And That Happened: Sunday’s scores and highlights

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Rangers 3, Tigers 2: If only there was some form of technology that could rectify bad calls. Some magical device that could allow officials to see what really happened on a baseball field when the umpires miss it. A bit of sorcery that could put right what was wrong and prevent a game from being decided on a blown call. Sadly, no such thing exists, despite all of the efforts of our men and women of science. So, alas, the Rangers win on a blown call.

Diamondbacks 6, Braves 4: Randall Delgado issued a bases loaded walk and then a grand slam to Gerardo Parra in the second inning and that would be all Arizona needed. The Dbacks snap their five-game skid and salvage one in what had been a ghastly series against the Braves.

Padres 6, Phillies 1: Nick Hundley tripled, homered and drove in four. I don’t have time to go run the numbers right now, but I assume that that alone is more offense than the Phillies have mustered since the season began.

White Sox 7, Mariners 4: Ichiro Suzuki singled in the first, so no perfect game in this one. Umpire Tim Mcclelland had to be restrained from saying Ichiro struck out on the single, though. And then no one showed the replay and no one talked about it. Huh.

Reds 4, Cubs 3: From the AP game story:

Aroldis Chapman came on to strike out Ian Stewart looking with a fastball that registered 99 miles per hour on the stadium scoreboard, preserving the lead.

I’ve only been there once and it was like 12 years ago, but I was kinda surprised that Wrigley had gun readings on a scoreboard somewhere. These sorts of things elude me.

Athletics 5, Indians 1: Justin Masterson, the Indians Opening Day starter, continues to struggle, giving up four runs on six hits in five innings. Seth Smith and Cliff Pennington each drove in a couple.

Rockies 4, Brewers 1: Ryan Braun got his MVP plaque awarded to him before the game. That and 50 cents gets you a pack of Certs,apparently, because a Michael Cuddyer RBI double in the eighth and a Carlos Gonzalez RBI single in the ninth put the Rockies over the top.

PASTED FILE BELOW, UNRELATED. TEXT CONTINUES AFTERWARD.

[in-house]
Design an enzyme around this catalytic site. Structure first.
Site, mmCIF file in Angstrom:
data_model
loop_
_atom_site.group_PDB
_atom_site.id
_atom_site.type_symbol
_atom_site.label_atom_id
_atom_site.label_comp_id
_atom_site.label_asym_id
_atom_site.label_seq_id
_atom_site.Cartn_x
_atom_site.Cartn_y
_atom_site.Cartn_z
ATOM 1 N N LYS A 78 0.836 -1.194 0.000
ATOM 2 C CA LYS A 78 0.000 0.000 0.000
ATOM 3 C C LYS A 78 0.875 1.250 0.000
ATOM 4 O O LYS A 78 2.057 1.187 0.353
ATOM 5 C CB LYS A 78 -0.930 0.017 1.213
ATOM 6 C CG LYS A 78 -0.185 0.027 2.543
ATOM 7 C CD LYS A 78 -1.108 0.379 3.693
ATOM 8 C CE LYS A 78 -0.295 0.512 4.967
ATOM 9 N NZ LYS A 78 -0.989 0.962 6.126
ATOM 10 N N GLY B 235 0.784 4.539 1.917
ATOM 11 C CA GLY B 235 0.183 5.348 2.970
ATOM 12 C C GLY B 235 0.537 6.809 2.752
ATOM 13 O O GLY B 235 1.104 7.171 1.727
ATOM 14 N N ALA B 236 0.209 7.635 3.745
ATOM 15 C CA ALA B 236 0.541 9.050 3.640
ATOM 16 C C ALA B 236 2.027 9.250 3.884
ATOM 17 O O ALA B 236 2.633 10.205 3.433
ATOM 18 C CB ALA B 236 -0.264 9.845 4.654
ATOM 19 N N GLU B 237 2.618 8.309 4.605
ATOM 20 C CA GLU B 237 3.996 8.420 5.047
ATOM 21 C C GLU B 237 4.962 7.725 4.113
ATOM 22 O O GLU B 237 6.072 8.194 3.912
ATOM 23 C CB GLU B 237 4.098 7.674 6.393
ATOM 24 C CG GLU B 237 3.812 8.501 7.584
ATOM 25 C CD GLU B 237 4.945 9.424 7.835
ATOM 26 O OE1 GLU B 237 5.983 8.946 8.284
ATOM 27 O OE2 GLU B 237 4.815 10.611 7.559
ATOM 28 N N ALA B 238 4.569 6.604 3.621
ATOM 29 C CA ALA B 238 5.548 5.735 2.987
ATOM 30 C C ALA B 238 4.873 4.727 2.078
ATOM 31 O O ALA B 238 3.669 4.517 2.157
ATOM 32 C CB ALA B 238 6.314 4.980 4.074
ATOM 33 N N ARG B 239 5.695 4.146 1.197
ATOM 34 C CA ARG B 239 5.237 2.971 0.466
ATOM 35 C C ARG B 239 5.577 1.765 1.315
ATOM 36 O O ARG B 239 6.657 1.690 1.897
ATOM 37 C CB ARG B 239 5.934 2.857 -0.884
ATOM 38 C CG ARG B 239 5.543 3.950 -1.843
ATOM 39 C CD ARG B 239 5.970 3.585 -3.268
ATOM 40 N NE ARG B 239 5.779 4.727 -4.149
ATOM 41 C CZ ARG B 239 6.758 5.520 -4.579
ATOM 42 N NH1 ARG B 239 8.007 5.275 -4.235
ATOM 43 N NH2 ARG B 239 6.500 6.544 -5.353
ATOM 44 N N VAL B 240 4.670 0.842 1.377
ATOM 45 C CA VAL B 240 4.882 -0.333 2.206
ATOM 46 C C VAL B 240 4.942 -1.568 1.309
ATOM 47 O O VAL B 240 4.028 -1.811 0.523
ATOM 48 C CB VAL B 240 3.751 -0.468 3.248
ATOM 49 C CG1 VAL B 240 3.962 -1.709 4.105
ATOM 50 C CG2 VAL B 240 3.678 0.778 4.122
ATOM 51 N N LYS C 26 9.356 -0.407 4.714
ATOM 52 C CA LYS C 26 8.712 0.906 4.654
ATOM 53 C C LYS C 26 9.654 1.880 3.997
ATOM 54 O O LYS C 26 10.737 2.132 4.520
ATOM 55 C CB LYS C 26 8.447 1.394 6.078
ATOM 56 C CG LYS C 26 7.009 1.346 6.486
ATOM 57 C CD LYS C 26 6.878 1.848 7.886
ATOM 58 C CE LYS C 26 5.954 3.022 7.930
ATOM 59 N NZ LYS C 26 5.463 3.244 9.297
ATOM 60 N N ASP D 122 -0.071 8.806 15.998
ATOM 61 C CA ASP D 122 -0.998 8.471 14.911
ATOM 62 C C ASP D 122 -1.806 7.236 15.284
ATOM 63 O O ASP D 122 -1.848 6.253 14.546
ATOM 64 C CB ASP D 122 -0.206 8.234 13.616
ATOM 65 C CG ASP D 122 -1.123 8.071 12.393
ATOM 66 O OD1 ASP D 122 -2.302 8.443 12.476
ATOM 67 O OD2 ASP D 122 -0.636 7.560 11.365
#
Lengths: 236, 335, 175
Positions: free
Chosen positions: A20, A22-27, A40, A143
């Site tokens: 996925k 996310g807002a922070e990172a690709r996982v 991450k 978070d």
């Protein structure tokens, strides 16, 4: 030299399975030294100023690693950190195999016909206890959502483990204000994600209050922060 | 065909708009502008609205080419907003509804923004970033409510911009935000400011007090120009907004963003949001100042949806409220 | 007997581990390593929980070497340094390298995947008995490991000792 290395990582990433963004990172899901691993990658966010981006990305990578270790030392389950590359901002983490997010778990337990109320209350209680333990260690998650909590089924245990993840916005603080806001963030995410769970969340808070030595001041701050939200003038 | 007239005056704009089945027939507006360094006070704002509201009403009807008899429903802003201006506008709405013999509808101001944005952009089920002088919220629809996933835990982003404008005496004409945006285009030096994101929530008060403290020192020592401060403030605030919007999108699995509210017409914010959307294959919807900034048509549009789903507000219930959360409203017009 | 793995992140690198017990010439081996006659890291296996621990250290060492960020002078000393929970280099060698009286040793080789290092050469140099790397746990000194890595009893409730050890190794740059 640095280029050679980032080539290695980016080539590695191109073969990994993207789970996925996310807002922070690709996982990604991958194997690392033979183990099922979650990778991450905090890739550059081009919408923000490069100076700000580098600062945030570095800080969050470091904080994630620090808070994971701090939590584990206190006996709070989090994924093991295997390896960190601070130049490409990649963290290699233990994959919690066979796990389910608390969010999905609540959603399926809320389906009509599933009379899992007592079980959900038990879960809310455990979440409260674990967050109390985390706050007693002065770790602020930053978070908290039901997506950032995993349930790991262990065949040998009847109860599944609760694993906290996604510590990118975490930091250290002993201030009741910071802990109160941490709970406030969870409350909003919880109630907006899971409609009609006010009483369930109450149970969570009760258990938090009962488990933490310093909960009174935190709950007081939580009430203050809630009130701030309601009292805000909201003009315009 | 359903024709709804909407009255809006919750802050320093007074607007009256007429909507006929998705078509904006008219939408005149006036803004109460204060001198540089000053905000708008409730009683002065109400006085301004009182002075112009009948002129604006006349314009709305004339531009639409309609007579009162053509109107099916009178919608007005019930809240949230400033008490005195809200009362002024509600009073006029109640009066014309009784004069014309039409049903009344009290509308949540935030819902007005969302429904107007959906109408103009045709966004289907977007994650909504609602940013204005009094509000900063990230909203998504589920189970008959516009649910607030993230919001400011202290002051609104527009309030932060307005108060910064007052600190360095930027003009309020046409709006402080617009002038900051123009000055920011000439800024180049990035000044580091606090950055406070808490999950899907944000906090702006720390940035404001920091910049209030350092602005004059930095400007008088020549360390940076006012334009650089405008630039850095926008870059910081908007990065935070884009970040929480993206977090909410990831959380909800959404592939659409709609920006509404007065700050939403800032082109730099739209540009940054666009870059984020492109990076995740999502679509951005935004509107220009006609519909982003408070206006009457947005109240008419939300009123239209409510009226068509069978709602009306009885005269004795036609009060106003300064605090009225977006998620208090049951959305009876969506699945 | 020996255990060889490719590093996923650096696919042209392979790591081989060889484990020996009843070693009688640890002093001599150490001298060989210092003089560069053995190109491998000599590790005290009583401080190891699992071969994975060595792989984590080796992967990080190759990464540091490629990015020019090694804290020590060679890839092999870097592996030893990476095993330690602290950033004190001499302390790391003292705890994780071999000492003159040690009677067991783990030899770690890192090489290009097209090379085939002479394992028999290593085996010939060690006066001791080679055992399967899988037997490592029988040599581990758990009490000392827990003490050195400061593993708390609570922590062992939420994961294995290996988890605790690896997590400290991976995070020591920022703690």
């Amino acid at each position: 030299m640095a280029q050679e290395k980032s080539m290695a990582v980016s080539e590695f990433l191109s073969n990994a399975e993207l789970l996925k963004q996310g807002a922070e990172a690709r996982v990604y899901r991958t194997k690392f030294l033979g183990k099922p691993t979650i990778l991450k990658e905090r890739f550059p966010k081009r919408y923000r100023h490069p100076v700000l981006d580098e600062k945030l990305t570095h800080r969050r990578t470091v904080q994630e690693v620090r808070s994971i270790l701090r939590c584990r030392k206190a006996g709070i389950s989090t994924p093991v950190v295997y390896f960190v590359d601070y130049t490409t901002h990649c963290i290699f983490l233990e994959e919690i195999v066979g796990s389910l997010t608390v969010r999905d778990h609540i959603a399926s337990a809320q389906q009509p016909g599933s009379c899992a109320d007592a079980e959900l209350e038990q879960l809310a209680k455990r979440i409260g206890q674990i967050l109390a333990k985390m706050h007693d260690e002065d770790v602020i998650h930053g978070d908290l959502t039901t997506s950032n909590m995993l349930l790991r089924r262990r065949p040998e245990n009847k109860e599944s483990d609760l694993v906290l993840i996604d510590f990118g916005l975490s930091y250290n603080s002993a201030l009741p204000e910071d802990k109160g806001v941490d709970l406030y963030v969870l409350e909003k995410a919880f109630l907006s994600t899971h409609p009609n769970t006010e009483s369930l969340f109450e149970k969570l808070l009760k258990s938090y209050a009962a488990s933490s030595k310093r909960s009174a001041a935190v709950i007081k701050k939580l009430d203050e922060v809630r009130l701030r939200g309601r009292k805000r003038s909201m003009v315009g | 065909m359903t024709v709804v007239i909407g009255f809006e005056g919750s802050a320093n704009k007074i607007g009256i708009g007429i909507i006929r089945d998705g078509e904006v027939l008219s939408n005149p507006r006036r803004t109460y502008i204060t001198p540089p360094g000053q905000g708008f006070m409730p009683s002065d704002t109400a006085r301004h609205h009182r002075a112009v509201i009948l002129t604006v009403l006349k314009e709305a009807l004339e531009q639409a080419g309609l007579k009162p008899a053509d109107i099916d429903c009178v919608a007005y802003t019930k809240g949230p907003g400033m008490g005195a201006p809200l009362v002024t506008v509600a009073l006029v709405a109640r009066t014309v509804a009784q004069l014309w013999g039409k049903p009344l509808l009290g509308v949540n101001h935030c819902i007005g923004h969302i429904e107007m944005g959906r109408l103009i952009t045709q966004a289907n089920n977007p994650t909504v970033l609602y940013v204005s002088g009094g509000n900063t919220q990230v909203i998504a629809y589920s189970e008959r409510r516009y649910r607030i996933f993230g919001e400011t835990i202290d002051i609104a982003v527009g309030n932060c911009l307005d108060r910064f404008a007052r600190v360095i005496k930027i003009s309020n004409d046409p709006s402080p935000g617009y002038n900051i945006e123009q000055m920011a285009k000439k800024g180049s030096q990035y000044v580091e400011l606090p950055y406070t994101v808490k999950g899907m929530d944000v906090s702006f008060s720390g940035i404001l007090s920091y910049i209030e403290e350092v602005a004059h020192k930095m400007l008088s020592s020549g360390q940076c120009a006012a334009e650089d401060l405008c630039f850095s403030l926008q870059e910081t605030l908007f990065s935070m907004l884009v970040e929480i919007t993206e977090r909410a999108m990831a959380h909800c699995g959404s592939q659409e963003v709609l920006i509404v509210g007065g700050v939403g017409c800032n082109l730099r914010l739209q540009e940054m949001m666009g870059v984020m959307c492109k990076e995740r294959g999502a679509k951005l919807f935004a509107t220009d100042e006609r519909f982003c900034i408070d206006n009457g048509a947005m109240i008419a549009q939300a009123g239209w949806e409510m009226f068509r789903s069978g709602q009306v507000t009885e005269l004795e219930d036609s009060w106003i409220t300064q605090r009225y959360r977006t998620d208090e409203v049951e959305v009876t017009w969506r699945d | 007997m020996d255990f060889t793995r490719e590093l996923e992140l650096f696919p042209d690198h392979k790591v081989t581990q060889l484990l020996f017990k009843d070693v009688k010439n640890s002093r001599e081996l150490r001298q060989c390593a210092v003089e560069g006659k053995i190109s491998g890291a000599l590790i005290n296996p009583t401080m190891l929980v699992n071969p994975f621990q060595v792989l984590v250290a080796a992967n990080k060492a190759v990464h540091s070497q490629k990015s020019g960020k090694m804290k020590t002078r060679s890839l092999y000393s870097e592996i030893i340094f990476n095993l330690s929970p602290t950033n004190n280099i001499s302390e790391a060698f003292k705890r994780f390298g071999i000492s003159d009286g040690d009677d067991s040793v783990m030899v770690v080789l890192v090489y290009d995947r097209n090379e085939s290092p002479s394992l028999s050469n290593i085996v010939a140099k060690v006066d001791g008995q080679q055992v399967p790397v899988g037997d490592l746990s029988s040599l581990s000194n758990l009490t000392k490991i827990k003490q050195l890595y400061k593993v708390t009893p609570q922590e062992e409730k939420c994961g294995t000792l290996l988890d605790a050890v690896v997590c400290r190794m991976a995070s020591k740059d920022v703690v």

Orioles 3, Angels 2: Nick Markakis supplied all of the Orioles’ offense, in the eighth and the tenth innings. The O’s are at 9-6 tied with the Rays a half game back of New York and Toronto. Yeah, it’s too early for that kind of standings watching, but it’s kinda fun to say it, ain’t it?

Astros 12, Dodgers 0: L.A got whupped. Jordan Schafer hit a grand slam. Wandy Rodriguez threw seven three-hit shutout innings.

Blue Jays 5, Royals 3: Rickey Romero was solid (8 IP, 5 H 2 ER), Brett Lawrie stole home on a delayed double steal and Kansas City has lost ten in a row. Yikes.

Rays 6, Twins 2: First sentence of the AP recap:

The Minnesota Twins are becoming concerned with Francisco Liriano’s struggles.

This is not a repeat from any year since 2006.

Cardinals 5, Pirates 1: How is Kyle Lohse doing this year? Well, he gave up one run over seven innings and his ERA actually went up. From 0.89 to 0.99.

I will now sell five copies of The Three E.P.’s by The Beta Band:

Yankees vs. Red Sox: POSTPONED: I asked him time again …

Marlins vs. Nationals: POSTPONED: Take me in and dry the rain …

Giants vs. Mets: POSTPONED: Take me in and dry the rain, take me in and dry the rain, take me in and dry the rain, the rain the rain the rain now.

Dodgers designate Sergio Romo for assignment

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The Dodgers announced on Thursday that the club activated pitcher Grant Dayton from the 10-day disabled list and designated pitcher Sergio Romo for assignment.

Dayton, 29, went on the disabled list earlier this month with neck stiffness. He’ll resume with a 3.63 ERA and a 20/12 K/BB ratio in 22 1/3 innings.

Romo, 34, signed a one-year, $3 million deal with the Dodgers in February. It didn’t really work out, as the right-hander posted a 6.12 ERA with a 31/12 K/BB ratio in 25 innings. His peripherals are still decent, so it wouldn’t be surprising if a team in need of a bullpen arm makes a deal with the Dodgers within the week.

Nate Karns underwent season-ending surgery for thoracic outlet syndrome

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MLB.com’s Jeffrey Flanagan reports that Royals pitcher Nate Karns underwent surgery for thoracic outlet syndrome on Wednesday. He’s expected to be ready for spring training next year. Karns went on the disabled list in May with an elbow injury and didn’t make much progress.

The Royals acquired Karns from the Mariners in January in exchange for outfielder Jarrod Dyson. Over eight starts and one relief appearance, the 29-year-old right-hander compiled a 4.17 ERA and a 51/13 K/BB ratio in 45 1/3 innings.

Karns will enter his first of three years of arbitration eligibility after the season, so he’ll be under the Royals’ control through 2020.